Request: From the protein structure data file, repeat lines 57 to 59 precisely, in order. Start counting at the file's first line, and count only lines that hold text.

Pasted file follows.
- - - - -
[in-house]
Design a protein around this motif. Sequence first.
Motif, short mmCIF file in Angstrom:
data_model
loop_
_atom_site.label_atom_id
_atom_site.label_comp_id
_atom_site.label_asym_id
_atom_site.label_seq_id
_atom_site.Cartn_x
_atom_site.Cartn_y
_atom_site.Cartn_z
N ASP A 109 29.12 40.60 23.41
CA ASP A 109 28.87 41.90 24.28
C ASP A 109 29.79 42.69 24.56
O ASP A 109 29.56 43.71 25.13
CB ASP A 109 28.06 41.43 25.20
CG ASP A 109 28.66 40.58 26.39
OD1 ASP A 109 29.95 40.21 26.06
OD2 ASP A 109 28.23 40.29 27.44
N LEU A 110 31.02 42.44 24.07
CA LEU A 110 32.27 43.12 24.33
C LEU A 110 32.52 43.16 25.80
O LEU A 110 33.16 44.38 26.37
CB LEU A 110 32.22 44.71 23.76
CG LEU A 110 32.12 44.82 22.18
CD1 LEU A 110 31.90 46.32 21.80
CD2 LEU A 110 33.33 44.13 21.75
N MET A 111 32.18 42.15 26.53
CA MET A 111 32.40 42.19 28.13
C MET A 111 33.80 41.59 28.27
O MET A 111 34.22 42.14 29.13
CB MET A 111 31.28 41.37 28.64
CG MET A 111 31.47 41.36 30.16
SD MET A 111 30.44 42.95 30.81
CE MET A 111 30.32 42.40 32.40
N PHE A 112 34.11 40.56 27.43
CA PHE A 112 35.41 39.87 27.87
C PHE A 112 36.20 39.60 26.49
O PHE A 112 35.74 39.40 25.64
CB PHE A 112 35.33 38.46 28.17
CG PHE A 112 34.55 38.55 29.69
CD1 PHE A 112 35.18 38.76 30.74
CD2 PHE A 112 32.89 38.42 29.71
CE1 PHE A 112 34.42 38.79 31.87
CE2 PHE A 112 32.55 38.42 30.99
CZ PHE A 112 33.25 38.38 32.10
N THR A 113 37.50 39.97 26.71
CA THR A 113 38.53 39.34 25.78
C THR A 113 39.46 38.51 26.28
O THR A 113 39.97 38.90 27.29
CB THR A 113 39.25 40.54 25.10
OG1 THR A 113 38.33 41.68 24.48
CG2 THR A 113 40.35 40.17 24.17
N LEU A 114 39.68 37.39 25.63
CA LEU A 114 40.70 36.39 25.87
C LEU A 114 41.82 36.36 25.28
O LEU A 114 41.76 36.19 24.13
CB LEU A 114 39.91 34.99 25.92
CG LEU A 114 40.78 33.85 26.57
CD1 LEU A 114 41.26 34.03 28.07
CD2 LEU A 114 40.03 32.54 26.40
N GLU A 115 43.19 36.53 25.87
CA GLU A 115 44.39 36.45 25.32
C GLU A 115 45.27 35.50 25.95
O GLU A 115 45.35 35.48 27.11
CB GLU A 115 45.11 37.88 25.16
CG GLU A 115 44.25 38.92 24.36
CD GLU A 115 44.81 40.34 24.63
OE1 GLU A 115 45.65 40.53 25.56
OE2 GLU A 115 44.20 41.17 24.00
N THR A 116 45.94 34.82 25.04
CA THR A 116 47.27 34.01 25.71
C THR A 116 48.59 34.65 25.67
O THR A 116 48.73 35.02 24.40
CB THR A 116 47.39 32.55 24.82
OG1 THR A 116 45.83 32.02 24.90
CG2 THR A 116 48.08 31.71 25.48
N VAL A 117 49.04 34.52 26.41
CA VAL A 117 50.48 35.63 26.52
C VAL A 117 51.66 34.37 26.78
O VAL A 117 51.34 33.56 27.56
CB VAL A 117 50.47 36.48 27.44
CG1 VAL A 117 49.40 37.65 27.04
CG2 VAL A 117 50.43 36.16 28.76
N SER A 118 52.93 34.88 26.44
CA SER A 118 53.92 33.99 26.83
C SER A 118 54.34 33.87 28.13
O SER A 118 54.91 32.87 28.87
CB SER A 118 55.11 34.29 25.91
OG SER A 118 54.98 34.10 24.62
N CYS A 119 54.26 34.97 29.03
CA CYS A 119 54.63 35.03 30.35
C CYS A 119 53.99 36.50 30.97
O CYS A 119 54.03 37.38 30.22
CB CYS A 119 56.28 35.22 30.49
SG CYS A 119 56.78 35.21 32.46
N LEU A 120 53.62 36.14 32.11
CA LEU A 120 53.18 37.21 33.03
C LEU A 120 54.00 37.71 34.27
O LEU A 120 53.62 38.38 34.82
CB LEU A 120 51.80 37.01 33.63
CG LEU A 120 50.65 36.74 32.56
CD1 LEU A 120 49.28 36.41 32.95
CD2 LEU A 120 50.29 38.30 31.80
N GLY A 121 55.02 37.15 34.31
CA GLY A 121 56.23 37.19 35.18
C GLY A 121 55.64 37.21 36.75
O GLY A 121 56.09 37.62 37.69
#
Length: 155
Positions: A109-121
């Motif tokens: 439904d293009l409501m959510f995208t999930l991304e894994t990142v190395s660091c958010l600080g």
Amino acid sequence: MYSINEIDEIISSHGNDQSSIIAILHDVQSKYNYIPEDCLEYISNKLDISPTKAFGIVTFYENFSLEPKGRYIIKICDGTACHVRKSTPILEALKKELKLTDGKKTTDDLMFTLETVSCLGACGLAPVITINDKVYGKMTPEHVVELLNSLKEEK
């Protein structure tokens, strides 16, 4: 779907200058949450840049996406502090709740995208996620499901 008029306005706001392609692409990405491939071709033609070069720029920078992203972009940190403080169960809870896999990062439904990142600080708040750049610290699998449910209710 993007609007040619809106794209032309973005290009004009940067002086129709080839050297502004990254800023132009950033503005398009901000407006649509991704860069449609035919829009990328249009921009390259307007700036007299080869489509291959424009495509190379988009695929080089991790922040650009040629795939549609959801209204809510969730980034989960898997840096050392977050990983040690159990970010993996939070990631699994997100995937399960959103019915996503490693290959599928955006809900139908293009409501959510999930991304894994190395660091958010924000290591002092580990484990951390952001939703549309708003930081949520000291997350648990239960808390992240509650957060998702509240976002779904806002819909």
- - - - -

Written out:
C LEU A 114 41.82 36.36 25.28
O LEU A 114 41.76 36.19 24.13
CB LEU A 114 39.91 34.99 25.92